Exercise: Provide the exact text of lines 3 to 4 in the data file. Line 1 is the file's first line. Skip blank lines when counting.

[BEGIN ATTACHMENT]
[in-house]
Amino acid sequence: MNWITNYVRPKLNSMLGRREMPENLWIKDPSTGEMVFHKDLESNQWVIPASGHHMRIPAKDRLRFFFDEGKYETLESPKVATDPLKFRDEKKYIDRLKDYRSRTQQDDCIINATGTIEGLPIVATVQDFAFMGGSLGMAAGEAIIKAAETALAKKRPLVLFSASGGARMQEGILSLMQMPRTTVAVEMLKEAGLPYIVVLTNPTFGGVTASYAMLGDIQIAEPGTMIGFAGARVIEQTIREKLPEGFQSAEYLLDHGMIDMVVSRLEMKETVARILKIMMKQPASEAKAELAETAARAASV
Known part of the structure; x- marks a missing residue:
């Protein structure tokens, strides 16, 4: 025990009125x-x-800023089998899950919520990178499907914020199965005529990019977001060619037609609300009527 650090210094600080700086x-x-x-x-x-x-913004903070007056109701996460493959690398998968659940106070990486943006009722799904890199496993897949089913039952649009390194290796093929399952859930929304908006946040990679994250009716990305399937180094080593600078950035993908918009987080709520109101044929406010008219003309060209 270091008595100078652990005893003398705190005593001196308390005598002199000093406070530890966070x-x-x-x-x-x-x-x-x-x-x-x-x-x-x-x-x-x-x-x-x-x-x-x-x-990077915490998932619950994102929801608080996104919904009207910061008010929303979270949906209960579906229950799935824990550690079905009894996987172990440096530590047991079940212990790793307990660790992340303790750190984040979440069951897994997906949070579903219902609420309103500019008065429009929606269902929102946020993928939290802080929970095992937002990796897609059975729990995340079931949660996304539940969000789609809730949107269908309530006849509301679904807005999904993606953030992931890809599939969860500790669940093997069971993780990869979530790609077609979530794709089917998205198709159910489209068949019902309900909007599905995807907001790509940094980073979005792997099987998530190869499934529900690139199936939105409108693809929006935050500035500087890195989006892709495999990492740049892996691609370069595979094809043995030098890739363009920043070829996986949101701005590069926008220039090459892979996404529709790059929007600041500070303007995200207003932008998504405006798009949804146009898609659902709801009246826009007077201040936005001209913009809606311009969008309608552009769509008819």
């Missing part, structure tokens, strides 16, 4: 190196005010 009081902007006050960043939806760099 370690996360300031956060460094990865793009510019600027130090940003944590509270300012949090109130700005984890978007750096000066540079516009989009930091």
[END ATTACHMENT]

Known part of the structure; x- marks a missing residue:
């Protein structure tokens, strides 16, 4: 025990009125x-x-800023089998899950919520990178499907914020199965005529990019977001060619037609609300009527 650090210094600080700086x-x-x-x-x-x-913004903070007056109701996460493959690398998968659940106070990486943006009722799904890199496993897949089913039952649009390194290796093929399952859930929304908006946040990679994250009716990305399937180094080593600078950035993908918009987080709520109101044929406010008219003309060209 270091008595100078652990005893003398705190005593001196308390005598002199000093406070530890966070x-x-x-x-x-x-x-x-x-x-x-x-x-x-x-x-x-x-x-x-x-x-x-x-x-990077915490998932619950994102929801608080996104919904009207910061008010929303979270949906209960579906229950799935824990550690079905009894996987172990440096530590047991079940212990790793307990660790992340303790750190984040979440069951897994997906949070579903219902609420309103500019008065429009929606269902929102946020993928939290802080929970095992937002990796897609059975729990995340079931949660996304539940969000789609809730949107269908309530006849509301679904807005999904993606953030992931890809599939969860500790669940093997069971993780990869979530790609077609979530794709089917998205198709159910489209068949019902309900909007599905995807907001790509940094980073979005792997099987998530190869499934529900690139199936939105409108693809929006935050500035500087890195989006892709495999990492740049892996691609370069595979094809043995030098890739363009920043070829996986949101701005590069926008220039090459892979996404529709790059929007600041500070303007995200207003932008998504405006798009949804146009898609659902709801009246826009007077201040936005001209913009809606311009969008309608552009769509008819």